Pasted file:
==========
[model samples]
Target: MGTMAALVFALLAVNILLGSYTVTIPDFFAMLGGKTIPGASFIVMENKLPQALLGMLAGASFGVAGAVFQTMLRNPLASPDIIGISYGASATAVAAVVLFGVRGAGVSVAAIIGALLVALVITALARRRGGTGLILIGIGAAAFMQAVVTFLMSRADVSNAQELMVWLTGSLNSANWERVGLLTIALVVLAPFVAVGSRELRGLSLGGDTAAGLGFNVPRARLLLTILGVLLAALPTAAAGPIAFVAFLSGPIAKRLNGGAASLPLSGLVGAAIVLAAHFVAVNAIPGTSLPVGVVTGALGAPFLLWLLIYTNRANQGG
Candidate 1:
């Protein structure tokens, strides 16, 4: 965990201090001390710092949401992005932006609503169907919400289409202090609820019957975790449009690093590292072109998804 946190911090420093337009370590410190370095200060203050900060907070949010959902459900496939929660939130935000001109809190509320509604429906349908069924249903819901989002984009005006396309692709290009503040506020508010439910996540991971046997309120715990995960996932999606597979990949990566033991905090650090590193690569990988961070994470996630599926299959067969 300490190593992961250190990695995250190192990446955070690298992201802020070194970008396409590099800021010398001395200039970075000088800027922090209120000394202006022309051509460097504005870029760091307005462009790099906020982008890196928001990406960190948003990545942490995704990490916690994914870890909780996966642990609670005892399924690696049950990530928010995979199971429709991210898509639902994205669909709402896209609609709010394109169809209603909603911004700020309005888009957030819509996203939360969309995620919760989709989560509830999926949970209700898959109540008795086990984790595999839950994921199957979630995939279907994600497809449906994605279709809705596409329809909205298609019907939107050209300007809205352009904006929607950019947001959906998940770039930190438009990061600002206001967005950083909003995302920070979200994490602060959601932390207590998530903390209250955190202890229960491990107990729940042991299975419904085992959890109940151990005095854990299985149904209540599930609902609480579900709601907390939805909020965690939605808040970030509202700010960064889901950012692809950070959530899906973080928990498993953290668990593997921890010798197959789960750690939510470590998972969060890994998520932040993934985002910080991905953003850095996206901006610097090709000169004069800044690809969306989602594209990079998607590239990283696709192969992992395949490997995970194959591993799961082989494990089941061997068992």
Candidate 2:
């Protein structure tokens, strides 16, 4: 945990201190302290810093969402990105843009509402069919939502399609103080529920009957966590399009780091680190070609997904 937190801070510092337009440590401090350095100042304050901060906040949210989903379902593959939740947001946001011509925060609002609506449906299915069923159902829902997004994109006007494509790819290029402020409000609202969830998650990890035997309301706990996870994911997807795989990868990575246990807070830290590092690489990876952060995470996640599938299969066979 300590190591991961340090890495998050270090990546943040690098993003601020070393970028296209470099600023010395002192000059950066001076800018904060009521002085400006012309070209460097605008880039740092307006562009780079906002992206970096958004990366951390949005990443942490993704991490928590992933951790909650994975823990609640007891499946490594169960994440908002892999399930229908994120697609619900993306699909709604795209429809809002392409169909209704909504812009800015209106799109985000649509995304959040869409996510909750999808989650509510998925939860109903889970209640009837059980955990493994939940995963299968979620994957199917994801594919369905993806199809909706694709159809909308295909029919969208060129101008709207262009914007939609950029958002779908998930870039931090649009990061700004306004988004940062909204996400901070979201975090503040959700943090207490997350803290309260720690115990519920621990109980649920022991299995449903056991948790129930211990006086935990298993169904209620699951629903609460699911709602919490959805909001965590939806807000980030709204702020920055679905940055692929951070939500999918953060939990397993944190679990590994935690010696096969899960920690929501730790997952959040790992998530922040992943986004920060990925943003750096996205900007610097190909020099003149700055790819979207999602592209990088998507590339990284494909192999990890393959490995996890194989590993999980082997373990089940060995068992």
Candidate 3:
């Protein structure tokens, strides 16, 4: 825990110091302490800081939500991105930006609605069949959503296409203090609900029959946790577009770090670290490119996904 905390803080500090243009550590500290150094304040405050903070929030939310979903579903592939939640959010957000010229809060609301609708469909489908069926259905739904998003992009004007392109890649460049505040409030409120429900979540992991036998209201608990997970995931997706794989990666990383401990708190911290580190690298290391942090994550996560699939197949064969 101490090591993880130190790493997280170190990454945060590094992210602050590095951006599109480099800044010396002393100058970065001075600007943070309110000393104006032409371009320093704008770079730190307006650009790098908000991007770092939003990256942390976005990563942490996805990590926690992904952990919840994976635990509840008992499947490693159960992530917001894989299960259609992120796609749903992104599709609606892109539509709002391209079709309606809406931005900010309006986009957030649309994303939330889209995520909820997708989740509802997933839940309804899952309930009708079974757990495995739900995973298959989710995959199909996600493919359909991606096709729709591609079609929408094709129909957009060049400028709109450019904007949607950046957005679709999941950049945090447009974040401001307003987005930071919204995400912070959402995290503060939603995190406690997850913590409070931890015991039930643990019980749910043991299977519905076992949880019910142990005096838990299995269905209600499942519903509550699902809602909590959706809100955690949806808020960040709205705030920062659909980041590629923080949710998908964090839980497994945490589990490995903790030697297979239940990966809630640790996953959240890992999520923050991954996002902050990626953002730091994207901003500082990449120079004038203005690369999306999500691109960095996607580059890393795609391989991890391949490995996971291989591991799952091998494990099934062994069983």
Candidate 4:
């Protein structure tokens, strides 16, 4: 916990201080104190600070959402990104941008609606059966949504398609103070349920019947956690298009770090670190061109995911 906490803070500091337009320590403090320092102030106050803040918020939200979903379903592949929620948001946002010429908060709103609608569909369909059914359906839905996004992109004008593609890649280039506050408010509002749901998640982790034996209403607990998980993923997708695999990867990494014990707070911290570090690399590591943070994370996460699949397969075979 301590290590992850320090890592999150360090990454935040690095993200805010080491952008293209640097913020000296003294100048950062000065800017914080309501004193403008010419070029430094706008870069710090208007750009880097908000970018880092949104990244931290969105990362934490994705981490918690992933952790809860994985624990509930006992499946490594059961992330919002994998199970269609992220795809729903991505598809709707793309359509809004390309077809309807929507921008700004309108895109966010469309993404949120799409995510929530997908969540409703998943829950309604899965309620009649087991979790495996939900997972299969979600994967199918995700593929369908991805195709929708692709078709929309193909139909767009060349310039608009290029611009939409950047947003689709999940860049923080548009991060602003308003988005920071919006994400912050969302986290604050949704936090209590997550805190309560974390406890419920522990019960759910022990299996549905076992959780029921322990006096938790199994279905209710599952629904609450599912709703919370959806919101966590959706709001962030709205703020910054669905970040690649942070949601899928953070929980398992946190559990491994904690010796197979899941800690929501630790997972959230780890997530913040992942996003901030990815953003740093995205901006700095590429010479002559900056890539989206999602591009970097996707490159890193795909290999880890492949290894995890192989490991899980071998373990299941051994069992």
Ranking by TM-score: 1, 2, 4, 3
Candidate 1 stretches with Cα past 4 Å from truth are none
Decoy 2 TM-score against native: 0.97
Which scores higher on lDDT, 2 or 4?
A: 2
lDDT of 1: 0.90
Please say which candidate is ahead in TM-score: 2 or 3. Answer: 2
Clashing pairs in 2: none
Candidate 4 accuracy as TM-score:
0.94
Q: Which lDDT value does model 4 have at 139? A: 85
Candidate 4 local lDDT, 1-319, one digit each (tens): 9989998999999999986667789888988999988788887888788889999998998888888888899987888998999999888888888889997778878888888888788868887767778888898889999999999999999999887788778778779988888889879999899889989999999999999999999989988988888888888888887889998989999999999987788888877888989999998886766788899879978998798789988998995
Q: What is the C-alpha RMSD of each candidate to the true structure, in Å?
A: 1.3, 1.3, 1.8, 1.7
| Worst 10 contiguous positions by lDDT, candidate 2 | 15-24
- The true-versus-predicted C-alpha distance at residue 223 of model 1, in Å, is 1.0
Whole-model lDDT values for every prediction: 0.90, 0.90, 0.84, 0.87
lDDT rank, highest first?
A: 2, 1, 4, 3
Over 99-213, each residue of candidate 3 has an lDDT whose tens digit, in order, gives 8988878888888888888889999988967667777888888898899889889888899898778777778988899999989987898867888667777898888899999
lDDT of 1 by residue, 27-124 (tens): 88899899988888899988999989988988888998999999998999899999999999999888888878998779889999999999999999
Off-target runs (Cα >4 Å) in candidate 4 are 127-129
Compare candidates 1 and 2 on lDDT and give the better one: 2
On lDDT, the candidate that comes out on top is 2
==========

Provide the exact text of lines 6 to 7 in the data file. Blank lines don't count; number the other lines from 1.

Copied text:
């Protein structure tokens, strides 16, 4: 945990201190302290810093969402990105843009509402069919939502399609103080529920009957966590399009780091680190070609997904 937190801070510092337009440590401090350095100042304050901060906040949210989903379902593959939740947001946001011509925060609002609506449906299915069923159902829902997004994109006007494509790819290029402020409000609202969830998650990890035997309301706990996870994911997807795989990868990575246990807070830290590092690489990876952060995470996640599938299969066979 300590190591991961340090890495998050270090990546943040690098993003601020070393970028296209470099600023010395002192000059950066001076800018904060009521002085400006012309070209460097605008880039740092307006562009780079906002992206970096958004990366951390949005990443942490993704991490928590992933951790909650994975823990609640007891499946490594169960994440908002892999399930229908994120697609619900993306699909709604795209429809809002392409169909209704909504812009800015209106799109985000649509995304959040869409996510909750999808989650509510998925939860109903889970209640009837059980955990493994939940995963299968979620994957199917994801594919369905993806199809909706694709159809909308295909029919969208060129101008709207262009914007939609950029958002779908998930870039931090649009990061700004306004988004940062909204996400901070979201975090503040959700943090207490997350803290309260720690115990519920621990109980649920022991299995449903056991948790129930211990006086935990298993169904209620699951629903609460699911709602919490959805909001965590939806807000980030709204702020920055679905940055692929951070939500999918953060939990397993944190679990590994935690010696096969899960920690929501730790997952959040790992998530922040992943986004920060990925943003750096996205900007610097190909020099003149700055790819979207999602592209990088998507590339990284494909192999990890393959490995996890194989590993999980082997373990089940060995068992």
Candidate 3: